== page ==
The girl stood crouched over the table, determinedly attempting to tap out a tune with her chopsticks yet, much to her apparent frustration, not having much luck. It was easy to see why. She lacked rhythm. Oh, and she was attempting to play a table ornament. Eventually, the waitress came over and informed her that the three-tier fountain was for decorative purposes only. Disappointed, the erstwhile musician retook her seat and started perusing the menu while I redirected my attention to the first of our dishes: the homemade zaru tofu.
Nothing quite evokes memories of my trips to Japan like the rustic charm of robatayaki, and nothing quite captures the authentic flavors and feel of the Japanese grilling experience like Zakkushi on 4th. The place is tiny, roughly the size of my living room, all wood and bamboo, and always alive with the scents and sounds of the sizzling charcoal grill. If you’re looking for sushi, best go elsewhere. But if you’d like to sample Japanese-style cooking at its simplest, then squeeze into the bar or grab a seat at one of the communal tables and order away. The menu choices range from individual meat and fish skewers to traditional fare like chicken udon, donburi, and that homemade zaru tofu – a sizable portion with a texture akin to firm ricotta, accompanied by green powdered salt, sliced green onions, and an aromatic, wicked little green pepper paste. To be perfectly honest, I’m not a big fan of tofu, yet this dish is one of my favorites. From there, we moved onto the charcoal-grilled skewers that can be ordered sauced or salted: savory and crunchy pork-wrapped garlic shoots, tsukune (minced chicken) topped with sweet soy, subtly smoky ahi tuna, and tender scallops. We also enjoyed some great hatsu (chicken hearts) and paper-thin gyu-tan (beef tongue) which, along with the zaru tofu, proved stand-outs on this night. Feeling adventurous, I tried the whelk – a large marine snail – that proved a little tough and neutral in flavor; probably the only thing on the menu I wouldn’t order again. Fondy also ordered an excellent donburi – the rice dish topped with strips of succulent chicken, tsukemono (Japanese pickles), nori, and a fried egg. We ended our meals with a bowl of complimentary house miso.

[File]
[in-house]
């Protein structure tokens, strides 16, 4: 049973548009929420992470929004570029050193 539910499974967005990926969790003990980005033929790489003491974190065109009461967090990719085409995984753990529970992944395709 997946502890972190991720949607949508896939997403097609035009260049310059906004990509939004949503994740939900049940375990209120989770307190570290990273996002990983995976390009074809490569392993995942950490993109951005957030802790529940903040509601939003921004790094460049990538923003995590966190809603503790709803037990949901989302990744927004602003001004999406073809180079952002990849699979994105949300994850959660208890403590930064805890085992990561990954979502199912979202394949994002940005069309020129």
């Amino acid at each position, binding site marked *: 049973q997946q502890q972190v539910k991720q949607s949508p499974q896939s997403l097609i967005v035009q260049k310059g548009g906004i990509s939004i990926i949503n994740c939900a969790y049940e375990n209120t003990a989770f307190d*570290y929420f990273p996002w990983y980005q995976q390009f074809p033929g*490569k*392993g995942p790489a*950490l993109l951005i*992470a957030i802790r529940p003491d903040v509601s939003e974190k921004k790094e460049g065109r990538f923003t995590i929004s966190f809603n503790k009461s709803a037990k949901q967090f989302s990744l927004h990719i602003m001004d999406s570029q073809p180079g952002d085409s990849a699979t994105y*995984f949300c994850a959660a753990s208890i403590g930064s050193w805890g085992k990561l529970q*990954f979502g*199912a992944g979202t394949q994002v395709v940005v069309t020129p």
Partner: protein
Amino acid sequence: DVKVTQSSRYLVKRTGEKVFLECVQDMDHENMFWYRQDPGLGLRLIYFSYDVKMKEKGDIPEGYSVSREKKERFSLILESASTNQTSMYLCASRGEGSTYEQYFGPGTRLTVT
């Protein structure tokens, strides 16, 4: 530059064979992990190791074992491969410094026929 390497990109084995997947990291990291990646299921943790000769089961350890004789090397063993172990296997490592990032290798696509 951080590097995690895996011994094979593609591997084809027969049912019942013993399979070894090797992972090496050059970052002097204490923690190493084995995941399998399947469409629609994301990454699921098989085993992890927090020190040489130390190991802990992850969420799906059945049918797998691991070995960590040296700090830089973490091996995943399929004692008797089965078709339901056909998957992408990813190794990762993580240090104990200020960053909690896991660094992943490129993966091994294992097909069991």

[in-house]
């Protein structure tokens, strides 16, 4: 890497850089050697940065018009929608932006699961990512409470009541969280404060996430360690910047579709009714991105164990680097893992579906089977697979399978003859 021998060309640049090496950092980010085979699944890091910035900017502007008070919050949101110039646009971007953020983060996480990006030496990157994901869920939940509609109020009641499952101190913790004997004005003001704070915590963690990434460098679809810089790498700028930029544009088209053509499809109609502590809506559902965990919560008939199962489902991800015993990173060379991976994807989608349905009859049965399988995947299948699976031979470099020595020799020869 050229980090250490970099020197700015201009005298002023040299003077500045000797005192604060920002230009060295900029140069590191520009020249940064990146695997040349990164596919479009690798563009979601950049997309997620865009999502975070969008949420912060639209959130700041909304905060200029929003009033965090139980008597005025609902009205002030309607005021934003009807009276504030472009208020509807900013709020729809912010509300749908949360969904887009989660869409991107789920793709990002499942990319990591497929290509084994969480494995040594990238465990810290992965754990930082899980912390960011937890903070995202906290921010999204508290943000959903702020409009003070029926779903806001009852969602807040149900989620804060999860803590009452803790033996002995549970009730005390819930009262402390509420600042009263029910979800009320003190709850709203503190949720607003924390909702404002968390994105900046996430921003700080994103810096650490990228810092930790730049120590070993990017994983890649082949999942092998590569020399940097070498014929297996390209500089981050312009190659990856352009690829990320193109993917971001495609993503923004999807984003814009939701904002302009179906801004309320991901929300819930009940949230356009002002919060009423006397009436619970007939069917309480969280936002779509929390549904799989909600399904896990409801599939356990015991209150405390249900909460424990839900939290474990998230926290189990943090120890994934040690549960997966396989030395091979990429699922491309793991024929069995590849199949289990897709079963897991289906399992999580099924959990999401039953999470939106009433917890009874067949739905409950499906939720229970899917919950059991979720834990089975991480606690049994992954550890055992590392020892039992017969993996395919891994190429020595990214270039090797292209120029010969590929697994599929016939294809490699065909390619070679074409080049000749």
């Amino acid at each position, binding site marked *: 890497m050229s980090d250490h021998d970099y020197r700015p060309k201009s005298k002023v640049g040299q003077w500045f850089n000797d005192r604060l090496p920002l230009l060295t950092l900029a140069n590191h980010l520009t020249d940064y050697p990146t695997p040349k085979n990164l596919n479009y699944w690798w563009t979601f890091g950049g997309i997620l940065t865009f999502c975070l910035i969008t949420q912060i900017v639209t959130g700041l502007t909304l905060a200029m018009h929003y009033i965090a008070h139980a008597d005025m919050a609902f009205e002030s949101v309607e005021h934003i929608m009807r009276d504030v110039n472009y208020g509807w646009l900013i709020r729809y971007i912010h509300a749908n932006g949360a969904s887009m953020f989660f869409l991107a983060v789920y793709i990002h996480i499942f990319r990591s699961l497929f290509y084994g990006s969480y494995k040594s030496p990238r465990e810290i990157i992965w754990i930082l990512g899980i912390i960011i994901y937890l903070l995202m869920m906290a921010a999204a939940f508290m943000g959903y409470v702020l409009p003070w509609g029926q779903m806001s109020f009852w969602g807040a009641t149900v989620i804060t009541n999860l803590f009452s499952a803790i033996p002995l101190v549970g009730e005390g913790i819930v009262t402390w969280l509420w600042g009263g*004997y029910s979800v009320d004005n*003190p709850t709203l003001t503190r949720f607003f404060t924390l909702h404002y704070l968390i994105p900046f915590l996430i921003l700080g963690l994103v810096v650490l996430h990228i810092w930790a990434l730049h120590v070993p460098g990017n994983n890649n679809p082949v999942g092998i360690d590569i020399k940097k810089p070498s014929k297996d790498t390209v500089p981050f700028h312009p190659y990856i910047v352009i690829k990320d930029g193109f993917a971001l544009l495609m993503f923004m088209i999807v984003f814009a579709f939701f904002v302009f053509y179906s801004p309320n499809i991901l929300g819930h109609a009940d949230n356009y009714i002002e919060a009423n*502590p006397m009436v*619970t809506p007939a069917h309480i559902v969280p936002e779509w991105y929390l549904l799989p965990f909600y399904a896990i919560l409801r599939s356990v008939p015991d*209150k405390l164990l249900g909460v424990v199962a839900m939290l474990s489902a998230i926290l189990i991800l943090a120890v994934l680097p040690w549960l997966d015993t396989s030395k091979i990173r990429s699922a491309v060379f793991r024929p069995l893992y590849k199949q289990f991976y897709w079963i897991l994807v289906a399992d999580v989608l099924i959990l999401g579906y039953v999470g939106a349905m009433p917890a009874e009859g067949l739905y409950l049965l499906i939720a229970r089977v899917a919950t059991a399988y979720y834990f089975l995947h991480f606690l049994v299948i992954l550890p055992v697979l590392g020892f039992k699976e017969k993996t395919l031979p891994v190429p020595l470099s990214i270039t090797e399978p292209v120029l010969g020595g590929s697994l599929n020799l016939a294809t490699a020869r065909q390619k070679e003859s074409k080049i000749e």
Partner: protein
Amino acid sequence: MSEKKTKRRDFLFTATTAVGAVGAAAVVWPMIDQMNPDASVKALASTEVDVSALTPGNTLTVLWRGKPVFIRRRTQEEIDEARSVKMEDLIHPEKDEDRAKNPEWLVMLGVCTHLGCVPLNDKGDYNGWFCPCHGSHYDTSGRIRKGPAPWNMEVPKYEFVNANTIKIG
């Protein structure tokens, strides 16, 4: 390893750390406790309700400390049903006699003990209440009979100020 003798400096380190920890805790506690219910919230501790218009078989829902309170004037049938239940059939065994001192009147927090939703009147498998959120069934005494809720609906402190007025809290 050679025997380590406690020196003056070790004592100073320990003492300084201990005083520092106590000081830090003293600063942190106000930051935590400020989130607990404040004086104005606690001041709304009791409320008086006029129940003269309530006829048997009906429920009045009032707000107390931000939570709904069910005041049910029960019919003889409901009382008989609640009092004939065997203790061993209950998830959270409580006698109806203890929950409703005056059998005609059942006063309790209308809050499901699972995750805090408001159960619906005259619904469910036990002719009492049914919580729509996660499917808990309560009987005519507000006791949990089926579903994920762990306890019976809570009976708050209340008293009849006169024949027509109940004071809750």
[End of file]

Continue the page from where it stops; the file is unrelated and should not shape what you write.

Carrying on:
Service is relaxed and friendly, the atmosphere festive and conducive to a rollicking, rib-sticking meal over Calpis vodkas. Be warned however. This place is addictive.
By the way, if you’re reading this blog entry, I am speaking to you from beyond the grave!
No. Check that. I’m in Montreal for the Easter holidays. Reports and pics – and more Q&A – to follow.